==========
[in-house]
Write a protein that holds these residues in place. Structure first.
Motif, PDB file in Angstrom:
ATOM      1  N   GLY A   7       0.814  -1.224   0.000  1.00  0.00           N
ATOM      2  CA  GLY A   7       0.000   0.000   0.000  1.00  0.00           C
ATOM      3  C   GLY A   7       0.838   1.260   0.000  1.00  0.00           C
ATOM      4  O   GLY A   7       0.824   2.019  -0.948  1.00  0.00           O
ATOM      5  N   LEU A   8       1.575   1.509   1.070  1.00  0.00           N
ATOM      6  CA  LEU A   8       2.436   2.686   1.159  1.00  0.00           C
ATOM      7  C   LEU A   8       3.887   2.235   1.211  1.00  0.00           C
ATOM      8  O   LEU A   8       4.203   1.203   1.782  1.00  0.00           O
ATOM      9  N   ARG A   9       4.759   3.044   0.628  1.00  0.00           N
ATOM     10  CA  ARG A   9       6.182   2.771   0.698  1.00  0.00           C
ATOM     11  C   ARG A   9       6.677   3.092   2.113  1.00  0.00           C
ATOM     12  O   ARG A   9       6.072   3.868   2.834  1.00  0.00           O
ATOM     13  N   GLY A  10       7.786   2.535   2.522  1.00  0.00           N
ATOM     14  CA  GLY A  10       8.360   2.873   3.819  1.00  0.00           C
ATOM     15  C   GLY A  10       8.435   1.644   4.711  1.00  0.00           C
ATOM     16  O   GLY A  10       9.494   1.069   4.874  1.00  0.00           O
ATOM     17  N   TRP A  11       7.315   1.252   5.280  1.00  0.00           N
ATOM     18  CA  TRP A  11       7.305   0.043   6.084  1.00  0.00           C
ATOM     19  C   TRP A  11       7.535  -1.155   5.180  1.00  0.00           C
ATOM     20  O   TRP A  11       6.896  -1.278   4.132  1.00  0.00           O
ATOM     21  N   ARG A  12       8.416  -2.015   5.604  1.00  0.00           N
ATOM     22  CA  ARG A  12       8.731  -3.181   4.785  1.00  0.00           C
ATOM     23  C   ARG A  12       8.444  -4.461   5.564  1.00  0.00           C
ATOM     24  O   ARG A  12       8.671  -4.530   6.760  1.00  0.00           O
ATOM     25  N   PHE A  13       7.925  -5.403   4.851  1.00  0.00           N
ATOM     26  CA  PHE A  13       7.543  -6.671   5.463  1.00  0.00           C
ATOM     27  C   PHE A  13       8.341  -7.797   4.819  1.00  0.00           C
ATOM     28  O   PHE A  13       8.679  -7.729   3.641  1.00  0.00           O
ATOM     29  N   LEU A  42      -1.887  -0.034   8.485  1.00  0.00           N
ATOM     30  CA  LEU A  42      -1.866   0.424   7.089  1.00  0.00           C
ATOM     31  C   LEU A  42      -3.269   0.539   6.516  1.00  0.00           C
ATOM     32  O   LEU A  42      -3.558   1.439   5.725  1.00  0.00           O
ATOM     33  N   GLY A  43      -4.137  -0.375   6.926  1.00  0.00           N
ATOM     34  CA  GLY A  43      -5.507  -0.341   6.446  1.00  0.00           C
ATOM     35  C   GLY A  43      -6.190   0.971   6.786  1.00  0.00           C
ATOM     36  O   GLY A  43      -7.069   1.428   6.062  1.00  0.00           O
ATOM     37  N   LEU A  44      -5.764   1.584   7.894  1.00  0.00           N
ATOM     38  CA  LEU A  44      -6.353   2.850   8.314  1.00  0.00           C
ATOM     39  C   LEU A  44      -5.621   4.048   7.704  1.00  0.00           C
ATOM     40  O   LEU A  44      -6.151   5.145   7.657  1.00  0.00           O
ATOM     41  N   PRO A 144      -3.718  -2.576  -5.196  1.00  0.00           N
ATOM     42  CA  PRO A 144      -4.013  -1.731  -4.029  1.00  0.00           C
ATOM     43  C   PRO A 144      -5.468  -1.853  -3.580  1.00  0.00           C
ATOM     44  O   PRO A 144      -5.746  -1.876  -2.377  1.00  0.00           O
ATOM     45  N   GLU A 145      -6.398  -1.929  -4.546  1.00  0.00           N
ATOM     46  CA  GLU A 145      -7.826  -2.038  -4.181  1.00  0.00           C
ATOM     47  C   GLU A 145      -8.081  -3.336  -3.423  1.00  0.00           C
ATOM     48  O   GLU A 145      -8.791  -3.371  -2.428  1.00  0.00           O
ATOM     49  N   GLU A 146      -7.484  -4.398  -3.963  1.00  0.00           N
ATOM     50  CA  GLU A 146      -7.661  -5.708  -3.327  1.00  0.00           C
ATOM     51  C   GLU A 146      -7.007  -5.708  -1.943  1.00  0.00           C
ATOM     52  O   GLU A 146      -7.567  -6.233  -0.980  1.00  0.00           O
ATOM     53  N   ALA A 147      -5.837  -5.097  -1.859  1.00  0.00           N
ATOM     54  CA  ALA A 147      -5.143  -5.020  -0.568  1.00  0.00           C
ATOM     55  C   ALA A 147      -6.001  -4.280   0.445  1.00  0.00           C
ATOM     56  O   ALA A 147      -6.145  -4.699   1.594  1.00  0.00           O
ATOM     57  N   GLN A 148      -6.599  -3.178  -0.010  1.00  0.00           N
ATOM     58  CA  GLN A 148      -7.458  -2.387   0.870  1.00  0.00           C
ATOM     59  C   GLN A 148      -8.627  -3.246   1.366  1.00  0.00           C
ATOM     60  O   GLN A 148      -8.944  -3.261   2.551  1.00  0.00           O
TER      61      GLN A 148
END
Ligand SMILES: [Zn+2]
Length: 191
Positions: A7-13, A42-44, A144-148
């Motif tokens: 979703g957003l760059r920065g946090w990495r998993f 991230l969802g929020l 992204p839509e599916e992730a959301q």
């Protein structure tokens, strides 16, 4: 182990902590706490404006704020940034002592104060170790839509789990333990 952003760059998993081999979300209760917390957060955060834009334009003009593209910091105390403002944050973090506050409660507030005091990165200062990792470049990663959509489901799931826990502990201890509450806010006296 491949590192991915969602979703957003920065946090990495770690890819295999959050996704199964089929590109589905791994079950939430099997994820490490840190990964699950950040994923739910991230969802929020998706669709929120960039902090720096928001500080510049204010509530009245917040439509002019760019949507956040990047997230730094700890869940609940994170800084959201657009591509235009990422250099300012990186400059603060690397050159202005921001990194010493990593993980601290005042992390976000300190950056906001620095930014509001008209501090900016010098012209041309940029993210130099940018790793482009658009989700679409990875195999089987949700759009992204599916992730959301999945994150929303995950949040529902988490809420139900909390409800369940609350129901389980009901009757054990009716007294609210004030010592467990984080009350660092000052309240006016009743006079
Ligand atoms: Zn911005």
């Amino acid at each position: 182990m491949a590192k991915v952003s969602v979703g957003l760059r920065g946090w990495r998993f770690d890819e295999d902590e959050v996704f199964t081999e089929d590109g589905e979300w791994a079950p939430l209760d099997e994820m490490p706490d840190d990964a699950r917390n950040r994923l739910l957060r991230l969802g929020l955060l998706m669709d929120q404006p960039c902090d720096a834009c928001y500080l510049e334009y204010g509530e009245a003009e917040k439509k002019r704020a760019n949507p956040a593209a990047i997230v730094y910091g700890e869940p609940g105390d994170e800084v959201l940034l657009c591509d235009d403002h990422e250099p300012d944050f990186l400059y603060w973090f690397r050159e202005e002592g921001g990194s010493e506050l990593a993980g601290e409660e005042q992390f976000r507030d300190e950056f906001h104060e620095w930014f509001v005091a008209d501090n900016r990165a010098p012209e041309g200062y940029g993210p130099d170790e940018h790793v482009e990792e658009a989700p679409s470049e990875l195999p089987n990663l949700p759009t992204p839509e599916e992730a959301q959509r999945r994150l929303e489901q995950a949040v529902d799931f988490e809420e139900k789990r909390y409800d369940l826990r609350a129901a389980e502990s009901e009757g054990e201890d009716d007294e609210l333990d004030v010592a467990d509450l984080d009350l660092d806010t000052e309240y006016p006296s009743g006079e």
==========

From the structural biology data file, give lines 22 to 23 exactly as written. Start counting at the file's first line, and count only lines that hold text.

ATOM     19  C   TRP A  11       7.535  -1.155   5.180  1.00  0.00           C
ATOM     20  O   TRP A  11       6.896  -1.278   4.132  1.00  0.00           O